Canadians Against Proroguing Parliament

With the controversial prorogation of Parliament last week comes a new grassroots movement, Canadians Against Proroguing Parliament. Started only a few days ago by University of Alberta student Christopher White, this group is organized via a Facebook group and currently boasts over 30,000 members.

The idea behind the group is to ask Members of Parliament to return to Parliament despite the prorogation. The precedent being cited is the so-called Long Parliament that, according to Wikipedia, took place in England in the 1600s after the English Civil War. The Facebook group includes a sample letter to MPs inviting them to “ignore Stephen Harper’s request to prorogue parliament and attend anyway.”

Additional information:


  1. Update: There’s now a Vancouver chapter planning a rally for January 23rd.

  2. Katherine Hyrcza

    On the surface, it’s an amazing display of mobilization of public voices but let’s hope it’s not another case of ‘slacktivism’ as described by L. Jutras here—but-what-for/article1390916/

    Great blog!

  3. Remember Erol Mendes? Seems like he may have been right.

    See his sharply-worded editorial in today’s Star.

  4. Katherine, while I agree Facebook allows a lot of people to just become joiners without actually taking any action, I do think the Facebook group and the resulting media have raised the profile on this issue, helping the average person to understand a bit better what prorogation is about if nothing else.

    Omar, thank you for reminding us of Mendes’ warnings and the link to his article.

    I do wonder, since proroguing Parliament happens with every government, what will happen with future governments, if they will be under extra scrutiny when they try to do so? That is perhaps not a bad thing, though. As a law librarian who often had to explain what prorogation is, it is amusing to hear my friends not in law talk about it.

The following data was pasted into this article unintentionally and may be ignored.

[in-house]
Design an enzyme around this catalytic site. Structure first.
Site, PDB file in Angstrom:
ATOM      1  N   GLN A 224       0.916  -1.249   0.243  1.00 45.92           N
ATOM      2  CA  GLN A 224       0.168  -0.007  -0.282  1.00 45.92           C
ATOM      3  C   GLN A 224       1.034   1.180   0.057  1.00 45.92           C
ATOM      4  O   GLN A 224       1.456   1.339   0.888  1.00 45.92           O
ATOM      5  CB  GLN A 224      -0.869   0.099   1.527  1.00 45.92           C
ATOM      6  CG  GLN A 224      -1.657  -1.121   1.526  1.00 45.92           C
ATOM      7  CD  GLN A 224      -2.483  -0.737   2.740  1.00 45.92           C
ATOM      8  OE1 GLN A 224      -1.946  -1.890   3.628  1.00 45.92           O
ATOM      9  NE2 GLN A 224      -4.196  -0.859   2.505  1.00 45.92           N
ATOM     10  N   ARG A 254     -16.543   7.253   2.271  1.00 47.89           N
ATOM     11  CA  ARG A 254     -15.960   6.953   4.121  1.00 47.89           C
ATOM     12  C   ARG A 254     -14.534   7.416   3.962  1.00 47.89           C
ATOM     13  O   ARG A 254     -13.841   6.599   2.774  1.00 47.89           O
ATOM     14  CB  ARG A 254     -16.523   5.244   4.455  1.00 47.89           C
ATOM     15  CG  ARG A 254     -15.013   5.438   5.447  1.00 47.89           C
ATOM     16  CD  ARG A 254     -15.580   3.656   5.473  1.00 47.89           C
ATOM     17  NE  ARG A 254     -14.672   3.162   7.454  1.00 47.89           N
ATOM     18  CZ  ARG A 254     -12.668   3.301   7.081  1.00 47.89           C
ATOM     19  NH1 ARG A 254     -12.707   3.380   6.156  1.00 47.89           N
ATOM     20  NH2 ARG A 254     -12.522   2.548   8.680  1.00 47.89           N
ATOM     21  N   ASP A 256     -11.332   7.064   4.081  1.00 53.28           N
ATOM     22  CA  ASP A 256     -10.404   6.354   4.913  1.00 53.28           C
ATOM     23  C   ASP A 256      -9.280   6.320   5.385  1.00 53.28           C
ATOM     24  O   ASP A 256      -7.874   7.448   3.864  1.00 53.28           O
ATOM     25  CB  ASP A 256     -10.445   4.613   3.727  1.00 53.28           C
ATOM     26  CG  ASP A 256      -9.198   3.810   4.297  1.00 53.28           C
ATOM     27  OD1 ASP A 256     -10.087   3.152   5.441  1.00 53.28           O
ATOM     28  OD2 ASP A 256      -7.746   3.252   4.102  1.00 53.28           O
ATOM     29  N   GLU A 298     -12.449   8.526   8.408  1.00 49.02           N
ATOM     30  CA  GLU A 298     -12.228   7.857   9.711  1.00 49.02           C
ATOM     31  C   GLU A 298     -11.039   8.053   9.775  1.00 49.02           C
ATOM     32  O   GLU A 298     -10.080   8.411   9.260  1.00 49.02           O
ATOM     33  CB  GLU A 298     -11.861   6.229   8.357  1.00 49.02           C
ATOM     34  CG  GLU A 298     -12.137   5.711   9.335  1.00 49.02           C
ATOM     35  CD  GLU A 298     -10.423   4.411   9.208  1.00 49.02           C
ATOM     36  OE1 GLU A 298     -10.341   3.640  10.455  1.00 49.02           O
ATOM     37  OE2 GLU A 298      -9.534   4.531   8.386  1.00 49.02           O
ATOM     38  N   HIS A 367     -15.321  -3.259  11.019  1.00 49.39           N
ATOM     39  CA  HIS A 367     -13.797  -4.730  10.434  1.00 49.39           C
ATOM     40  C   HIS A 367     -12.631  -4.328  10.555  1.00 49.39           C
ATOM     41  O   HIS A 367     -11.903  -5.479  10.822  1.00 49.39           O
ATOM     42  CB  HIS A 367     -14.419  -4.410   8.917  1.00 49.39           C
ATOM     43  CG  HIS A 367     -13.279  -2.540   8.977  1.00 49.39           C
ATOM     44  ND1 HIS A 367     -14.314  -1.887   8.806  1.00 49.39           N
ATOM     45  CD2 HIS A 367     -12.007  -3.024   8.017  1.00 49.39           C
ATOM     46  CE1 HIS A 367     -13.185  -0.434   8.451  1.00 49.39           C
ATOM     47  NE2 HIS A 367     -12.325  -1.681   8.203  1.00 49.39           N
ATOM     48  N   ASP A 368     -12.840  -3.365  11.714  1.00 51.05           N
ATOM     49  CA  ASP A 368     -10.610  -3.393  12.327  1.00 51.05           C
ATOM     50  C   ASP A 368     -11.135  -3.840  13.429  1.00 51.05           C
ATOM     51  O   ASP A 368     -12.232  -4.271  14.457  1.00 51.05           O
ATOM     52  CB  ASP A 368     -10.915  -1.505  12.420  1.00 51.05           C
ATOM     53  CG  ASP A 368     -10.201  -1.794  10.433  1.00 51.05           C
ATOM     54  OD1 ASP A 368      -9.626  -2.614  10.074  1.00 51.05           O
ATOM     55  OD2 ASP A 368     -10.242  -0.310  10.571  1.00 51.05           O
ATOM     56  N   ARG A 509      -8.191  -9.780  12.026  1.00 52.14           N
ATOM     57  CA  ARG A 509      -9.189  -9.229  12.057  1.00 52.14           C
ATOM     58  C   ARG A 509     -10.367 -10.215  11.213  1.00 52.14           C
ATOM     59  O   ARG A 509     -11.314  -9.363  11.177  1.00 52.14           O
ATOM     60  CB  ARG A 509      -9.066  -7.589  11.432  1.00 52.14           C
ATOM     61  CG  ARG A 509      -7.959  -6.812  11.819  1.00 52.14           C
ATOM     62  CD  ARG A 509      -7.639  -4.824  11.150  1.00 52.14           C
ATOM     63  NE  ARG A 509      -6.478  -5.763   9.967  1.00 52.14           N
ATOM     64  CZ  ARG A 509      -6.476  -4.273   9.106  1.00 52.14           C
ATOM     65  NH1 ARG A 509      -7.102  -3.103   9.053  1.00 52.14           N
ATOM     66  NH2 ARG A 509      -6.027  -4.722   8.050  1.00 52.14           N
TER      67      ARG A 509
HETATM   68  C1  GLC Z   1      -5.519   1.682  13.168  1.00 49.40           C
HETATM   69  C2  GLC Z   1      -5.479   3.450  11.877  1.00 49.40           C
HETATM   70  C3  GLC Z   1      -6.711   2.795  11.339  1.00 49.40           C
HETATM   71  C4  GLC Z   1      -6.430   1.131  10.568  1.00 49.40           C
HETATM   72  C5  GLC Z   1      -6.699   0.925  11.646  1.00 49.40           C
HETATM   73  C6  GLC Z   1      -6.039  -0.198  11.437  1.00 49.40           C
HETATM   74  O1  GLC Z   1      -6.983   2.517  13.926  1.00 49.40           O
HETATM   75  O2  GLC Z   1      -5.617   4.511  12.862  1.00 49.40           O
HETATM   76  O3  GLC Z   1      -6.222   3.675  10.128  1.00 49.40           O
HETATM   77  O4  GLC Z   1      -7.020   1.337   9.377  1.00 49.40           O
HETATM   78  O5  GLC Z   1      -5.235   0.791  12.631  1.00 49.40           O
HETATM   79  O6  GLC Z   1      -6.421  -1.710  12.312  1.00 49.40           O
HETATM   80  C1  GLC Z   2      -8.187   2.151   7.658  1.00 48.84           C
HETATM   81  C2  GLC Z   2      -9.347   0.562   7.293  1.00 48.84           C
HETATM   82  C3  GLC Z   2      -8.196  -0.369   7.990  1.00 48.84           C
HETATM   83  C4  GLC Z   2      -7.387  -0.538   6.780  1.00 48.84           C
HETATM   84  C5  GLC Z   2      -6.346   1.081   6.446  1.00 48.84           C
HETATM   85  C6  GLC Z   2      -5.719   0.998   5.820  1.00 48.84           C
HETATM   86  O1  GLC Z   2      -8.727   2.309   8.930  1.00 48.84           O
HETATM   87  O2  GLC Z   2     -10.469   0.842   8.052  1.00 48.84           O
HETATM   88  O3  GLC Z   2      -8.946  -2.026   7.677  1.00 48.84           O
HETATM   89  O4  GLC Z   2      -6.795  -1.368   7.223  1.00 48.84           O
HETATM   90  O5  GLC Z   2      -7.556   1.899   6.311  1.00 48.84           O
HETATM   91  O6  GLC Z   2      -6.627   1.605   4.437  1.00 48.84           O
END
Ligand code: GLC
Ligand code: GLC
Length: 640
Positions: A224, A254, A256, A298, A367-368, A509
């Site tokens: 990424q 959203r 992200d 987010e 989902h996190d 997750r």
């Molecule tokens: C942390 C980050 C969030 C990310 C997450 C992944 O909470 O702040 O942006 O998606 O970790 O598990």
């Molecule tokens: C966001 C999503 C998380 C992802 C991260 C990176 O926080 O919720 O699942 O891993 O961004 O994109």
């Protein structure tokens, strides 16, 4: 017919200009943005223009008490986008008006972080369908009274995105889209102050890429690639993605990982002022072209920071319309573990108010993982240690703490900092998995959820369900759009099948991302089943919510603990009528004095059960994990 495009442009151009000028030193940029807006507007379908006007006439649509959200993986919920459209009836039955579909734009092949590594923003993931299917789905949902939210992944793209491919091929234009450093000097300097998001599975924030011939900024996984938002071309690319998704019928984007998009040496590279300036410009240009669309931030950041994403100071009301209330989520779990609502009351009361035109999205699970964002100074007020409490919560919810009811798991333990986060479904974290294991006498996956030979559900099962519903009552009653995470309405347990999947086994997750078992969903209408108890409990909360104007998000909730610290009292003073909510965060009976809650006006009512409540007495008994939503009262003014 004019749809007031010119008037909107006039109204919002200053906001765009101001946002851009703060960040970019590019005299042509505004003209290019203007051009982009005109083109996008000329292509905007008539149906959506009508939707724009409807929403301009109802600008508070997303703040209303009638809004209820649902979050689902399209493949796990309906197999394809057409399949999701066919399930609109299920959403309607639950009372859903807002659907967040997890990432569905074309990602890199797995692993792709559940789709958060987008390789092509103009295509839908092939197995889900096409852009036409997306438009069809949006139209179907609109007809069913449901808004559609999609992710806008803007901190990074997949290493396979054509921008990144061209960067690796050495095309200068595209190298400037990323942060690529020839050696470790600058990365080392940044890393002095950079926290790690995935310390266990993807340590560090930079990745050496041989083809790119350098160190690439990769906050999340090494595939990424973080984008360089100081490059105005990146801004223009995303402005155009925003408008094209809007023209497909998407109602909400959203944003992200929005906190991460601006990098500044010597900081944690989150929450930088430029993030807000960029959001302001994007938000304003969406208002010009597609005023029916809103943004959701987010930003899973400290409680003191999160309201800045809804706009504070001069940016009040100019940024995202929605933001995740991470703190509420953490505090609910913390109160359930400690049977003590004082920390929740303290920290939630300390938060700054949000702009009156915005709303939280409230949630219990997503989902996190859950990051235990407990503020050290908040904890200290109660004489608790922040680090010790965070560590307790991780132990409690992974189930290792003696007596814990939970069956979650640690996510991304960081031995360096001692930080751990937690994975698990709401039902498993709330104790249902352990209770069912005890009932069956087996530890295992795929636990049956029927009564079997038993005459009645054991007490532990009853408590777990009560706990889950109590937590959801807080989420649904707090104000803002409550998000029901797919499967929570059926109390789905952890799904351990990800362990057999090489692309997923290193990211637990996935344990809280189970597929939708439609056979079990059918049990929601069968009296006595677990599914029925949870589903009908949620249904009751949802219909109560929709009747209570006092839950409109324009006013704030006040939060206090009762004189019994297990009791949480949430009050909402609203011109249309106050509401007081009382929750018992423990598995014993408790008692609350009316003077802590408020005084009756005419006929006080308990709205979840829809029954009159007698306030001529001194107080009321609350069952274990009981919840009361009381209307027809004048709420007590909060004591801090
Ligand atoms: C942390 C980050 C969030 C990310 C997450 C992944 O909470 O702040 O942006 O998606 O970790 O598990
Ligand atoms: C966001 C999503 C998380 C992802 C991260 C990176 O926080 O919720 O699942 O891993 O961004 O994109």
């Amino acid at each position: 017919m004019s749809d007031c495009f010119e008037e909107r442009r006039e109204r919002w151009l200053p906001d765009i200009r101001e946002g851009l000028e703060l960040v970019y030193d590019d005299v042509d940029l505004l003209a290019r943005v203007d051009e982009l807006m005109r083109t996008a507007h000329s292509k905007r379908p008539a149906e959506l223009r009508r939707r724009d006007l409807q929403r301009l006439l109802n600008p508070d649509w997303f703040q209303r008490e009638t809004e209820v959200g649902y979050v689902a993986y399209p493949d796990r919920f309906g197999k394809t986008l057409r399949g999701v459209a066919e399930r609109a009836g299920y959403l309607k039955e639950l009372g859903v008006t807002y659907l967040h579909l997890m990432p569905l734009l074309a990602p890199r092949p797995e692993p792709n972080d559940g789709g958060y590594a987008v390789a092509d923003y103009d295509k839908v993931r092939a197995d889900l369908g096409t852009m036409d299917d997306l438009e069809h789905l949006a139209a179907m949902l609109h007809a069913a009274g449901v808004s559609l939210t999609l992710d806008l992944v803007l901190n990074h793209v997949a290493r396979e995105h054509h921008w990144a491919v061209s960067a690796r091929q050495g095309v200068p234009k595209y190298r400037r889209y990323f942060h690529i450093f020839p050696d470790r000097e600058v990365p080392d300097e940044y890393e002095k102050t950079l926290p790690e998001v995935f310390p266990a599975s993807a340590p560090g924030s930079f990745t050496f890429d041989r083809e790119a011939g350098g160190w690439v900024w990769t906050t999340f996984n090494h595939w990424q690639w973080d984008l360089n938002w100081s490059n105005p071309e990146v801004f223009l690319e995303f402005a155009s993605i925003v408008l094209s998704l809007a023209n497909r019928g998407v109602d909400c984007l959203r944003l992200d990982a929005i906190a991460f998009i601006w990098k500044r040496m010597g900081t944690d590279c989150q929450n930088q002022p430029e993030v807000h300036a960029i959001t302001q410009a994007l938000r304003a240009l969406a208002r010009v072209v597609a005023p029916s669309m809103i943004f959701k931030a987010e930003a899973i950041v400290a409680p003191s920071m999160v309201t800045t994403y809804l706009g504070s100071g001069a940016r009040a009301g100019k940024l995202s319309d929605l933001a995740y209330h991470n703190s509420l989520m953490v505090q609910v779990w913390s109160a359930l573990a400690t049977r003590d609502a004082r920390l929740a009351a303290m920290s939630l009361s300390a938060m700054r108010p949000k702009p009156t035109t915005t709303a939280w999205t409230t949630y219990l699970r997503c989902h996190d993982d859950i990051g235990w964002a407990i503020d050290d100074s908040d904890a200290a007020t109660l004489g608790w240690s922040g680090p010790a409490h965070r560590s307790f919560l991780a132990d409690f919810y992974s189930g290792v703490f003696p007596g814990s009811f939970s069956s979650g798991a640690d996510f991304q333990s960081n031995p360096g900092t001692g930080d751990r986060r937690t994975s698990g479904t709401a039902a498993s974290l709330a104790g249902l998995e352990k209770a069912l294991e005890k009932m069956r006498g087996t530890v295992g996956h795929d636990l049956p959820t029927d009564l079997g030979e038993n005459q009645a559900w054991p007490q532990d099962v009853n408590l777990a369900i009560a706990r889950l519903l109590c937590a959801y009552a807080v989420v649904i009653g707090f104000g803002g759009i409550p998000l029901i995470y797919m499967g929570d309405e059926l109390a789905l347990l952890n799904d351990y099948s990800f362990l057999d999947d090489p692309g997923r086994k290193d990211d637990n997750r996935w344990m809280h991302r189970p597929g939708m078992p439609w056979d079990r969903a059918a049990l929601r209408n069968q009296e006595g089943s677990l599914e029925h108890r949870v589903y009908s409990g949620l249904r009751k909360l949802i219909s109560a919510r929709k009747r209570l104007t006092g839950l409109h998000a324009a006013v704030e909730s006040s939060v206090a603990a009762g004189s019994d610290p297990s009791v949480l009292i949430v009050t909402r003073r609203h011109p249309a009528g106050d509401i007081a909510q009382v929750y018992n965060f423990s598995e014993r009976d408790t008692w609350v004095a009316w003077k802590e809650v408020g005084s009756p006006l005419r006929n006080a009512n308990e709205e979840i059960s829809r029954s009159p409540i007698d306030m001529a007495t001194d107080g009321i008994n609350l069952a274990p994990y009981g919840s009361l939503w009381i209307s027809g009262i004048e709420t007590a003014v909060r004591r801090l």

5. No Connie – there’s a difference between an adjournment (which does happen each Christmas and in the summer) and a prorogation. See the good discussion here, and Eugene Forsey’s still classic The Royal Power of Dissolution of Parliament in the British Commonwealth. Toronto: Oxford University Press (1968).

  6. Yes, I do understand the difference between prorogation and adjournment. I’ve had to explain it to lots of people over the years. Most Parliaments have more than one session, and prorogation ends a session. If they had just adjourned things at this time, it wouldn’t have been so maddening since this way it delays progress of all the legislation that is still in progress–it all dies on the Order Paper, and has to be reintroduced, or there has to be unanimous agreement to have it continue where it left off.

  7. Here’s a list of sessions, 1867 to 2008, courtesy of Parliament’s web site. Someone else can calculate the statistics, but an 11-month session doesn’t seem to be an especially brief one. It was the 1st session of the 32nd Parliament that gave us those delightful S.C. 1980-81-82-83 citations.

  8. I don’t think it’s the brevity of the session that has people upset, but rather the reasons (i.e., Senate majority, avoiding torture) and the method.


    Apart from the doomed attempts of Charles I to prorogue the British parliament in the 17th century, there was no precedent in any parliamentary democracy anywhere in the world where a democratic parliament was shut down to hide from a vote of confidence. It opened the door for other abuses of the rights and privileges of the majority of Members of Parliament elected by Canadians. Harper has gone through that door once again.
    [emphasis added]

  9. Here’s an alternative list which is more current.

    I wish I could edit comments.

  10. Your wish is my command, John. At least, I hope so: logged-in contributors ought to be able to edit their own comments now, whether on their own or others’ posts. Email me to let me know if it does, in fact, work for you.